When I was but a little child, I had already a strong desire to see the world. Whenever I met a travelling-carriage, I would stop involuntarily, and gaze after it until it had disappeared; I used even to envy the postilion, for I thought he also must have accomplished the whole long journey.
Pfeiffer, Ida (1852). Visit to Iceland and the Scandinavian North. London: Ingram. Retrieved 9 October 2019.
First trip round the world (1846–1848)
In 1846, Pfeiffer started on a journey round the world, visiting Brazil, Chile and other countries of South America, Tahiti, China, India, Persia, Asia Minor and Greece, returning to Vienna in 1848. The results were published in Eine Frauenfahrt um die Welt ("A Woman's Journey round the World," 3 vols., Vienna, 1850).
She boarded the Danish brig Caroline, sailing southwest from Hamburg out into the Atlantic and across the equator, entering the harbor of Rio de Janeiro on 16 September 1846. Along with Friedrich von Berchtold, she traveled up the Macacu River to Nova Friburgo in southeastern Brazil and ventured deep into the forest, accompanied by a single servant. Upon her return to Rio, she booked a spot on the English barque John Renwick and set off for Chile, arriving at Valparaiso on 2 March 1847. She then sailed to the island of Tahiti before disembarking in Macao on the coast of China on 9 July.
For the next two months, she visited temples and villages in Hong Kong, went on a hunting excursion in Singapore, toured Colombo and Kandy, inquired about Bengali traditions in Calcutta, and visited the holy city of Benares. From Delhi, she arranged a bullock cart to Bombay under the advisement of Austrian scholar Aloys Sprenger, passing through Hyderabad and the Daulatabad Fort and the Ellora Caves in Aurangabad.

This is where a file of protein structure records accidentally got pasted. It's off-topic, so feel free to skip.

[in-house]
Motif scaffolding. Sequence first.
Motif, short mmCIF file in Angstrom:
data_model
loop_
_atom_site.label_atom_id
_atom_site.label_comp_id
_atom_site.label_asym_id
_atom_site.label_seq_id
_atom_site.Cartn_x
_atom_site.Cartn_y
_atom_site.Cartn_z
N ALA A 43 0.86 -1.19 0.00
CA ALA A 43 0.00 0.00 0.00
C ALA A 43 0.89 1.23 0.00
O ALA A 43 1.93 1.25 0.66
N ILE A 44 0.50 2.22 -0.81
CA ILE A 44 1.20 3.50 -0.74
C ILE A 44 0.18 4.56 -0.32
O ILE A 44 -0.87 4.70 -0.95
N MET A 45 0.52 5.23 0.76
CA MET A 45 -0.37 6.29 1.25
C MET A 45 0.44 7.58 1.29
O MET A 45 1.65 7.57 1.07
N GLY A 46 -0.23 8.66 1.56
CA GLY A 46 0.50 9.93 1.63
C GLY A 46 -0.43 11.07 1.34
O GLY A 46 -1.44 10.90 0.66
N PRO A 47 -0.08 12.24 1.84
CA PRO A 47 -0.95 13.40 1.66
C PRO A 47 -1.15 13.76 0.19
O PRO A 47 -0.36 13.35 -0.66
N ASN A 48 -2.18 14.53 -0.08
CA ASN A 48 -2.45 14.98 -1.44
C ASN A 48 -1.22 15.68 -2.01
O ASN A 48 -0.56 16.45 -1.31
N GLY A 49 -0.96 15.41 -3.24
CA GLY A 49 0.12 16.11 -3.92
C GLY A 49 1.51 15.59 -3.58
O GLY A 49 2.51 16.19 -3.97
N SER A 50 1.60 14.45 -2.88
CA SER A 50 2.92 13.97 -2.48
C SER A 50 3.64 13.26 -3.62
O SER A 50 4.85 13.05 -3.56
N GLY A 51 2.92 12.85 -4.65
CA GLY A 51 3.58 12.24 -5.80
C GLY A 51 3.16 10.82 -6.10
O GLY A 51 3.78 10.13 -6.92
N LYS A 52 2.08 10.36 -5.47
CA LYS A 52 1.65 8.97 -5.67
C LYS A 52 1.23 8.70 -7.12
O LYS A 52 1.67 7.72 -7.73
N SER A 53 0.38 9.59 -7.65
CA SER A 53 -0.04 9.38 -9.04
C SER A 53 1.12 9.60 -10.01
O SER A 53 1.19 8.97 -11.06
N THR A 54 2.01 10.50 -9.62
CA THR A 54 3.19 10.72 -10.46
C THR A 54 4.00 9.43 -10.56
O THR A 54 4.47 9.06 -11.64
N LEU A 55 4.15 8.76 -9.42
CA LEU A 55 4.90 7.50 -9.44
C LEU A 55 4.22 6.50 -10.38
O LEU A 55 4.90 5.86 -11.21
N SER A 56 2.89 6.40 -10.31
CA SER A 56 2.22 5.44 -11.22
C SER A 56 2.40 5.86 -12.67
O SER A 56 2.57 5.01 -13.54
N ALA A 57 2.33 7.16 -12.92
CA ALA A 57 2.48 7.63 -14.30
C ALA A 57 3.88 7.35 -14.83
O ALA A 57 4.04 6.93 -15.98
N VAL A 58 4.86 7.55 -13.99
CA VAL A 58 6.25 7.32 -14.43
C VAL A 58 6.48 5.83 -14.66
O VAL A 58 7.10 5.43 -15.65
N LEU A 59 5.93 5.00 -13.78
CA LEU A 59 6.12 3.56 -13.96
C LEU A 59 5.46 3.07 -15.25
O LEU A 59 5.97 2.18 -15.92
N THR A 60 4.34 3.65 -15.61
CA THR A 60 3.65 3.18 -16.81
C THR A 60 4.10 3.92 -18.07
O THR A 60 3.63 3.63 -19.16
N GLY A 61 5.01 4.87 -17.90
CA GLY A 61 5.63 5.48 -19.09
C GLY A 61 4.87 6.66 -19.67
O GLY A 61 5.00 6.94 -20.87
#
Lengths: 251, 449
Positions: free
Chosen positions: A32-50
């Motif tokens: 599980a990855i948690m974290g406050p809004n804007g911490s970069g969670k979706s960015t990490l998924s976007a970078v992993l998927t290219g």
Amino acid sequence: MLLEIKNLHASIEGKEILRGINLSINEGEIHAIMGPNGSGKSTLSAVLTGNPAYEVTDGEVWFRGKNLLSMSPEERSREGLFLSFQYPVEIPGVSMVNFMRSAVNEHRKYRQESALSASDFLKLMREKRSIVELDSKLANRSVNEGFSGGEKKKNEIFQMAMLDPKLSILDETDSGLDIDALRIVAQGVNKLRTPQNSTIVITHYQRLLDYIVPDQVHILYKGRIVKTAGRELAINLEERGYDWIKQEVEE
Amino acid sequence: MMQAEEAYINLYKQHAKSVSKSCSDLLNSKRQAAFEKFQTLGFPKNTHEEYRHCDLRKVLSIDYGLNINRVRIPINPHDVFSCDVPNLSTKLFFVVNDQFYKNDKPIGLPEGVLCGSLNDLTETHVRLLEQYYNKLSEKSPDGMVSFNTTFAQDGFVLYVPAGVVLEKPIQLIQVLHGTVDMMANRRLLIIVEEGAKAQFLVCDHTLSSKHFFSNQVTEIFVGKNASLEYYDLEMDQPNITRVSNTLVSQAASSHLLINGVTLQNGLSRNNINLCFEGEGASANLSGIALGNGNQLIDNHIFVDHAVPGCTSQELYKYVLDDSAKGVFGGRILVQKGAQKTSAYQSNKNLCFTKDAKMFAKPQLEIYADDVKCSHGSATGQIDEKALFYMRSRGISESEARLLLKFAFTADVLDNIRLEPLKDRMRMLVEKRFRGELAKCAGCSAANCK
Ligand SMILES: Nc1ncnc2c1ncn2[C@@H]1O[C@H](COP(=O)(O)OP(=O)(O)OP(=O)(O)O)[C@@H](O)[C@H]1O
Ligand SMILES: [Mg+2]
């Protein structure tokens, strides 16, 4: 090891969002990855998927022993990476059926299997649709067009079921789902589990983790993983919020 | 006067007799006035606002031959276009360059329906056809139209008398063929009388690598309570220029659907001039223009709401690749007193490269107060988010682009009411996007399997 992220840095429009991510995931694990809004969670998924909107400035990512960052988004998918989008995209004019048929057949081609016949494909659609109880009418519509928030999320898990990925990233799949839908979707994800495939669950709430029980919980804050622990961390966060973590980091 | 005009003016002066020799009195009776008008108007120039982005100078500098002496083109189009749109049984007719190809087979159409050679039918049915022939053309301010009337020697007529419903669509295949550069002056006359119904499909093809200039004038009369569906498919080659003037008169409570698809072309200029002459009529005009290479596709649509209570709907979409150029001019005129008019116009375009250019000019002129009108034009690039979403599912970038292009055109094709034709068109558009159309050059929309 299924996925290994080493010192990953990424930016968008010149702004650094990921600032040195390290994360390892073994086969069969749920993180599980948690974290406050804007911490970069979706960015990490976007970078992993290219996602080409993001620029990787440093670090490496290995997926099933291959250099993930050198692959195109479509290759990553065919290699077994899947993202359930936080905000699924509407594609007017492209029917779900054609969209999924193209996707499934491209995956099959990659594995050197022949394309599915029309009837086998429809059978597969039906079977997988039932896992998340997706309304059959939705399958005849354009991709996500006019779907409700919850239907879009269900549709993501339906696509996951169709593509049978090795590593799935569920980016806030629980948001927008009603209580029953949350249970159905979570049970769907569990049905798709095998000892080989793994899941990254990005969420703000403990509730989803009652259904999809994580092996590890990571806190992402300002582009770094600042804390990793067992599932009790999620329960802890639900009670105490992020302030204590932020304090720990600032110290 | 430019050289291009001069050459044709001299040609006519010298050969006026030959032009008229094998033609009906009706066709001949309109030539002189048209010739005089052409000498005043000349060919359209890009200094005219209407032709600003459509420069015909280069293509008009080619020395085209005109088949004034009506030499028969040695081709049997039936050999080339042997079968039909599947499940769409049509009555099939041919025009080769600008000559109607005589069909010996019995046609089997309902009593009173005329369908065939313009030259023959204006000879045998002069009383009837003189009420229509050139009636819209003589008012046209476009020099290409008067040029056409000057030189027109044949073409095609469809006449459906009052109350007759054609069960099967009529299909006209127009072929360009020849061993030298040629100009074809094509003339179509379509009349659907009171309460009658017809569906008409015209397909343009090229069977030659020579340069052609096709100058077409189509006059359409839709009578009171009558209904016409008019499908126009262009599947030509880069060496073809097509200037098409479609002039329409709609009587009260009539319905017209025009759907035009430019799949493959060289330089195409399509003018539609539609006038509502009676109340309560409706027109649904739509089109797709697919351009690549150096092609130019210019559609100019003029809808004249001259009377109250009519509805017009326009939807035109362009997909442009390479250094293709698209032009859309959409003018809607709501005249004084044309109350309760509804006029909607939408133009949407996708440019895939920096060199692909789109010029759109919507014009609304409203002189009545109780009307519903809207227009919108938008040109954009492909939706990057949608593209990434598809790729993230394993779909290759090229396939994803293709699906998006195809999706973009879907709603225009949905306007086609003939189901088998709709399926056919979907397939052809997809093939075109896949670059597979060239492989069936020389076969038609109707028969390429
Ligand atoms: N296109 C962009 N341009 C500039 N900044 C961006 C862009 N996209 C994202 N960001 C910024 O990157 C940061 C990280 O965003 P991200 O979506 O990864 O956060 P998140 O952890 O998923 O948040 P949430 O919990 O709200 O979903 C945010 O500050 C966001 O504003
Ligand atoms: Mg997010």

On 23 April 1848, she left Bombay for Baghdad, then part of the Ottoman Empire. While exploring the ruins of the ancient city of Ctesiphon, she encountered Prince Emam Qoli Mirza of the Qajar Dynasty. She proceeded to tour the archaeological sites of Babylon, Borsippa, and Nineveh, facilitated by the British Resident Henry Creswicke Rawlinson and Hormuzd Rassam, the British Vice-Consul at Mosul. During the month of Ramadan, she visited local homes in Tabriz, the capital of Azerbaijan (now East Azerbaijan Province in Iran), and was presented to the Vicegerent, Bahman Mirza.
In August 1848, she set out for Nakhchivan bordering Armenia, and soon joined a caravan heading for Tbilisi, the capital of Georgia. She then crossed the Black Sea into the Russian Empire.
A Woman's Journey Round the World was published in 1850 in three volumes, two years after Pfeiffer's return to Vienna. English translations appeared in Britain in 1851, followed by Dutch (1852), French (1858), and Russian (1867). The book garnered reviews in major international journals, such as Le Constitutionnel, The Athenaeum, The Westminster Review, The Literary Gazette, The Straits Times, and Calcutta Review.
Second trip round the world (1851–1855）
To fund her next expedition, Pfeiffer sold 300 guilders worth of specimens to the Royal Museum of Vienna. Carl von Schreibers, director of the Viennese natural history collections, and Austrian archaeologist Josef von Arneth applied for governmental funding on her behalf on the grounds that she had proven herself skilled at procuring rare specimens from far corners of the world. As a result, Pfeiffer was awarded 1,500 guilders .